Westerns Week comes to an end appropriately with Leone’s last western effort, a western black comedy. Although the onscreen credit goes to his protégé Valerii, Leone’s wonderfully grimy fingerprints are all over this intensely weird semi-masterpiece, a virtual parody of the films that first put Leone on the map.
Henry Fonda plays legendary gunfighter Jack Beauregard, so quick and precise on the draw that he’s able to kill two bad guys with one bullet while getting a shave. But Beauregard’s looking to retire from the gunslinging game after his next cache of gold and board a cruise ship to paradise. Problem is, nearly everyone he runs into is trying to kill him on the way, whether by lethal haircut or a bomb in a picnic basket.
But nobody’s better than Beauregard…except, of course, the actual “Nobody,” a young hotshot gunslinger who has a strange habit of catching fish with his bare hands and staring down other cowpokes while they’re using the latrine. He has a stalker-grade obsession with Beauregard and the legacy he will leave behind.
Seriously, the dude’s intensely “loco.” In what may be the strangest end freeze frame of all time, credits roll with Nobody’s finger pointed like a pistol and jammed into a barber’s crotch, mimicking Beauregard’s signature move, but…without the gun. And then there's his tendency to repeatedly bitch-slap opponents in sped-up motion in lieu of using his gun. And I mentioned his habit of giving dudes the piss-stall staredown but for three to four minutes at a time?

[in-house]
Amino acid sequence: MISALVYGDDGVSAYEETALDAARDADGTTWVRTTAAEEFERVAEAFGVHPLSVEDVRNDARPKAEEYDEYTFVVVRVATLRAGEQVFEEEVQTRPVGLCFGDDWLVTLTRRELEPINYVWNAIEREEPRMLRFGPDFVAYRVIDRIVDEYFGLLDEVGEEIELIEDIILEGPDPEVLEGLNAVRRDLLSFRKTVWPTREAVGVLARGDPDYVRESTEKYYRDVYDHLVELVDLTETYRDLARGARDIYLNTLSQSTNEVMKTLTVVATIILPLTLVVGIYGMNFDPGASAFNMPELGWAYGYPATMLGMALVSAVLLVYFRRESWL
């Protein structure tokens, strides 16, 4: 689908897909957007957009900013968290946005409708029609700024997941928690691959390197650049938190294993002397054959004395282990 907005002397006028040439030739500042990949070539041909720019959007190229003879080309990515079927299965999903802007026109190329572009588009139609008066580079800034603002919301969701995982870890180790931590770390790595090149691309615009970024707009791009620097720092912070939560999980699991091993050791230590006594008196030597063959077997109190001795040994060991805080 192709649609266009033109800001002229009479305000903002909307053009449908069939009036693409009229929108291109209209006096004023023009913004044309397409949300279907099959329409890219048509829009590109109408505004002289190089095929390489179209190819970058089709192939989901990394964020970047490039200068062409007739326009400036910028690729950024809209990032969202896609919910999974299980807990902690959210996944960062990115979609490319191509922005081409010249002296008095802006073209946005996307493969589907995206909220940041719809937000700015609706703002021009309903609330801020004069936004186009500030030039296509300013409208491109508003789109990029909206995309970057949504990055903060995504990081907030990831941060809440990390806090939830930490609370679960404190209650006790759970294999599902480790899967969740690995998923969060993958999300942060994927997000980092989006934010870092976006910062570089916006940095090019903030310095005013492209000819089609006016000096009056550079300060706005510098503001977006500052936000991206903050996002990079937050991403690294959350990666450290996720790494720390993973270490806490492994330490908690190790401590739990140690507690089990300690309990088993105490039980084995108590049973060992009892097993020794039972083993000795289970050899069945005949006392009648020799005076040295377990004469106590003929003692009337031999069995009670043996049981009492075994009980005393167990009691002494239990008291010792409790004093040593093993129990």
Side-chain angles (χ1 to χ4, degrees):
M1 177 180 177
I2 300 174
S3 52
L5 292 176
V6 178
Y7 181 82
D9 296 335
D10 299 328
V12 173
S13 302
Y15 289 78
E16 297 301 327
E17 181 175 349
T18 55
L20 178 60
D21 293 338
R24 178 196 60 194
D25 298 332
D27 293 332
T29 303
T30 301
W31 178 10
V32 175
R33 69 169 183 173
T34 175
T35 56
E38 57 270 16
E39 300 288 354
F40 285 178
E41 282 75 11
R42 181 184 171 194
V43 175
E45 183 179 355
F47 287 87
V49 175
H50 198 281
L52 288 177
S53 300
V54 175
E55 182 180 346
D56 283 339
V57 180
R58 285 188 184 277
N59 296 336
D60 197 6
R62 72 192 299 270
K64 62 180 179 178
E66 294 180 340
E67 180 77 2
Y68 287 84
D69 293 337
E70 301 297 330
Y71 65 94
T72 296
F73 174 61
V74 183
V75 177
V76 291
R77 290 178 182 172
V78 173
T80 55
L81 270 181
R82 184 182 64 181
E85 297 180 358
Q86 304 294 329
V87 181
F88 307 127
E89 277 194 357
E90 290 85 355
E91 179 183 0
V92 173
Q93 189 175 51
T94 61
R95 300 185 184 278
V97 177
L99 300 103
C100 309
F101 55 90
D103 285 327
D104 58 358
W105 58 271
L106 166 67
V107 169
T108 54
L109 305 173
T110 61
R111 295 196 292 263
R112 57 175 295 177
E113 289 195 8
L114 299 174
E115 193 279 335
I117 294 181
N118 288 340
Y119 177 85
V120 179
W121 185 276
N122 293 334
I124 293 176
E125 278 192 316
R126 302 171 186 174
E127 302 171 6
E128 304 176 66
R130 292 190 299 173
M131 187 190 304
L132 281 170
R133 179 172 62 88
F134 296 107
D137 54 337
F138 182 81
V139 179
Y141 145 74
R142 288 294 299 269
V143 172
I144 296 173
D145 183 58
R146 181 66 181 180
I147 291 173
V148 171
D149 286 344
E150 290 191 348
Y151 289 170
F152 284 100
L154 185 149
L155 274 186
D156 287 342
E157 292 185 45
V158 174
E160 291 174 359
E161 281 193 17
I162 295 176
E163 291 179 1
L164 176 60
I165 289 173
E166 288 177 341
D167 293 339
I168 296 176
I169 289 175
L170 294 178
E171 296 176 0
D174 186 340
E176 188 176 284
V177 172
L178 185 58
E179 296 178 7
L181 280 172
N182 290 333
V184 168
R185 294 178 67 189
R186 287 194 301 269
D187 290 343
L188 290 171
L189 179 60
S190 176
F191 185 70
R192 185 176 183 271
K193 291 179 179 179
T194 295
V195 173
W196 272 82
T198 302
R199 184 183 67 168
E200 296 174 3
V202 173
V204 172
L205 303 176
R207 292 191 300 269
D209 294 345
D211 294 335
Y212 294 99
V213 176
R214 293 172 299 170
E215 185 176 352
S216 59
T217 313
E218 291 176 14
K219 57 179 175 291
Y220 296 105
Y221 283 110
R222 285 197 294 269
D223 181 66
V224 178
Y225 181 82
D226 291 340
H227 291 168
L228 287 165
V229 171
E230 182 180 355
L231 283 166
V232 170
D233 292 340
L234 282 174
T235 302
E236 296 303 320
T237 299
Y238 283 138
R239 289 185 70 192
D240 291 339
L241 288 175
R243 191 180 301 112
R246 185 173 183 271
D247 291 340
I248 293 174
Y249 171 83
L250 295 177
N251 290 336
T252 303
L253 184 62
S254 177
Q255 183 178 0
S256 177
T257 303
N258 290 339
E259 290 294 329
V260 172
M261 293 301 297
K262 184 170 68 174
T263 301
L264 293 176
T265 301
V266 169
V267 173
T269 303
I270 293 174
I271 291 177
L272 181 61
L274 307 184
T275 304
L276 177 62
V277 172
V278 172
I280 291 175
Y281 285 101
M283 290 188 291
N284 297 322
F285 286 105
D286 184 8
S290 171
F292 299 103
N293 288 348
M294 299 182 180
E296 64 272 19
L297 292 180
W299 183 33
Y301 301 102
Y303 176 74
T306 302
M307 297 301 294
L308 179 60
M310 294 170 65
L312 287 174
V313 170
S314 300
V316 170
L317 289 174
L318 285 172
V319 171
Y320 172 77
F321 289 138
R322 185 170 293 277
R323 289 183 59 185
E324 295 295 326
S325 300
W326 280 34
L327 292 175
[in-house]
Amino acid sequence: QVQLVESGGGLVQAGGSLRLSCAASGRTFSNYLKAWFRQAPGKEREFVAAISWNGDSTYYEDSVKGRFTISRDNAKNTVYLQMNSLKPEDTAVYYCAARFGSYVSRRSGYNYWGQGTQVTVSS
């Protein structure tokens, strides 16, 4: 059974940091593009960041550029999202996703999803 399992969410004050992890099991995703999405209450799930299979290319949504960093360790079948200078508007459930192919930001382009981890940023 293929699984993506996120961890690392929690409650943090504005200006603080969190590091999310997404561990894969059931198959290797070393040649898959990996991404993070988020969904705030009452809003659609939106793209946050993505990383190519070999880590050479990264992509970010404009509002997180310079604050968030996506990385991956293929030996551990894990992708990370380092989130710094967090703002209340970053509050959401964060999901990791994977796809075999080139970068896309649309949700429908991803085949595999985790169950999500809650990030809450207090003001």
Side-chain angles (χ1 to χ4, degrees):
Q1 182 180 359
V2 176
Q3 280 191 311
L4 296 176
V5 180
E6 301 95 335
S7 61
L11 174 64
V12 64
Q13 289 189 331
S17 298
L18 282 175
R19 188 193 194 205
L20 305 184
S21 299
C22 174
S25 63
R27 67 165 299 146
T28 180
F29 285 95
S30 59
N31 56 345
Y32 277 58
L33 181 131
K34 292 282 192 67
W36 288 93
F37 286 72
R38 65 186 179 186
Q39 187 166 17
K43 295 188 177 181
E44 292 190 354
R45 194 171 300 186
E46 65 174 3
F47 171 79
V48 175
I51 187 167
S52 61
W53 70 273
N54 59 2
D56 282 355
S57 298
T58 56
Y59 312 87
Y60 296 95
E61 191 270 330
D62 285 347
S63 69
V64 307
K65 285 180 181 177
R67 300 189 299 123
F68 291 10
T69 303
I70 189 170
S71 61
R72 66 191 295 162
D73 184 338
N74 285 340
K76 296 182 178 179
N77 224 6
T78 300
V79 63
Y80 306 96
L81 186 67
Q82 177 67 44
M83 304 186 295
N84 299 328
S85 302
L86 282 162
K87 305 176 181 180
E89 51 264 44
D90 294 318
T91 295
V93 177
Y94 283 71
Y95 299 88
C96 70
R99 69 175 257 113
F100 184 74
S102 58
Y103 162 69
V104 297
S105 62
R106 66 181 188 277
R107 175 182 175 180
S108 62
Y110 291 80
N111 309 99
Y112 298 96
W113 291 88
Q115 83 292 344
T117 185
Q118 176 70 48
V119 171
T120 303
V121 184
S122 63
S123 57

My Name is Nobody is obviously Leone having his last hurrah with the genre he created by completely subverting it. It’s obsessed with the idea of myth-making and how one should “go down in the history books” for the next generation. Obviously, this was an appropriate theme given it's Leone’s last western, one which he was co-directing with a young protégé. Fonda’s retiring gunfighter is the obvious stand-in for Leone, and Hill’s young hotshot seems to be the flashier and morally-loose young directors that would take his place. But the movie isn't an old man's bitter tale. It’s a whole lotta fun, celebrating the spaghetti stereotypes and then blasting them to smithereens. There's even a dig at that young upstart Peckinpah when Fonda reads his name of one off the gravestones in a cemetery: “Peckinpah, that’s a good Najavo name.”
Rest in Peace, Leone. Your place in the history books is well-earned.